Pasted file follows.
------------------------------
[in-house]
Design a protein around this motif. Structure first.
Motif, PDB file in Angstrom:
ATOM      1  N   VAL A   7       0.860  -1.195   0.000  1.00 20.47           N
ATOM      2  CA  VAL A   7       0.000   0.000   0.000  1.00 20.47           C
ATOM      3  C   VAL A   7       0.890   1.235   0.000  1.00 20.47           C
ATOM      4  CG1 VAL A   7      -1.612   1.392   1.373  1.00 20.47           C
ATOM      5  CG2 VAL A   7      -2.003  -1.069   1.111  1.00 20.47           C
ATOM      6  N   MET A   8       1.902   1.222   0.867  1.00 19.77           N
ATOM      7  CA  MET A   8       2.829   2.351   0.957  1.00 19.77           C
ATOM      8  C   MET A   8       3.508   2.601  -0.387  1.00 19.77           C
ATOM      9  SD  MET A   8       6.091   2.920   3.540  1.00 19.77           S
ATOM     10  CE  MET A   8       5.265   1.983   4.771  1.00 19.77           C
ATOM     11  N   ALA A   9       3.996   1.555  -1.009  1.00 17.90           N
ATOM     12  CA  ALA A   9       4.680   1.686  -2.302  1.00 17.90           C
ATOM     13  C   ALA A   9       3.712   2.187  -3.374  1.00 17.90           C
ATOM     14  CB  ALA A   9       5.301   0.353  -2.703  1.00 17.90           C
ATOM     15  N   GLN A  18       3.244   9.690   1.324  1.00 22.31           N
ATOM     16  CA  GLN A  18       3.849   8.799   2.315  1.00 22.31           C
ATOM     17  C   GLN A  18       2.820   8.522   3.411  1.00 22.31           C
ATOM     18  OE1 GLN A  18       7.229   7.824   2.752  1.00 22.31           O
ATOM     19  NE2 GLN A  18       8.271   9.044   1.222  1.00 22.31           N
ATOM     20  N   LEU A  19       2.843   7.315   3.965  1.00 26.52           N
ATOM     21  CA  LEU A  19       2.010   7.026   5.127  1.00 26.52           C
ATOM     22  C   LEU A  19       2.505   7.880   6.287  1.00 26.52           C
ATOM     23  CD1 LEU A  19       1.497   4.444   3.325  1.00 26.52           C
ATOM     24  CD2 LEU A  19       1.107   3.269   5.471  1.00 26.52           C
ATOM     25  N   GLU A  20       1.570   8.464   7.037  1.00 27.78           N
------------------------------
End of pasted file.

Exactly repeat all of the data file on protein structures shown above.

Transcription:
[in-house]
Design a protein around this motif. Structure first.
Motif, PDB file in Angstrom:
ATOM      1  N   VAL A   7       0.860  -1.195   0.000  1.00 20.47           N
ATOM      2  CA  VAL A   7       0.000   0.000   0.000  1.00 20.47           C
ATOM      3  C   VAL A   7       0.890   1.235   0.000  1.00 20.47           C
ATOM      4  CG1 VAL A   7      -1.612   1.392   1.373  1.00 20.47           C
ATOM      5  CG2 VAL A   7      -2.003  -1.069   1.111  1.00 20.47           C
ATOM      6  N   MET A   8       1.902   1.222   0.867  1.00 19.77           N
ATOM      7  CA  MET A   8       2.829   2.351   0.957  1.00 19.77           C
ATOM      8  C   MET A   8       3.508   2.601  -0.387  1.00 19.77           C
ATOM      9  SD  MET A   8       6.091   2.920   3.540  1.00 19.77           S
ATOM     10  CE  MET A   8       5.265   1.983   4.771  1.00 19.77           C
ATOM     11  N   ALA A   9       3.996   1.555  -1.009  1.00 17.90           N
ATOM     12  CA  ALA A   9       4.680   1.686  -2.302  1.00 17.90           C
ATOM     13  C   ALA A   9       3.712   2.187  -3.374  1.00 17.90           C
ATOM     14  CB  ALA A   9       5.301   0.353  -2.703  1.00 17.90           C
ATOM     15  N   GLN A  18       3.244   9.690   1.324  1.00 22.31           N
ATOM     16  CA  GLN A  18       3.849   8.799   2.315  1.00 22.31           C
ATOM     17  C   GLN A  18       2.820   8.522   3.411  1.00 22.31           C
ATOM     18  OE1 GLN A  18       7.229   7.824   2.752  1.00 22.31           O
ATOM     19  NE2 GLN A  18       8.271   9.044   1.222  1.00 22.31           N
ATOM     20  N   LEU A  19       2.843   7.315   3.965  1.00 26.52           N
ATOM     21  CA  LEU A  19       2.010   7.026   5.127  1.00 26.52           C
ATOM     22  C   LEU A  19       2.505   7.880   6.287  1.00 26.52           C
ATOM     23  CD1 LEU A  19       1.497   4.444   3.325  1.00 26.52           C
ATOM     24  CD2 LEU A  19       1.107   3.269   5.471  1.00 26.52           C
ATOM     25  N   GLU A  20       1.570   8.464   7.037  1.00 27.78           N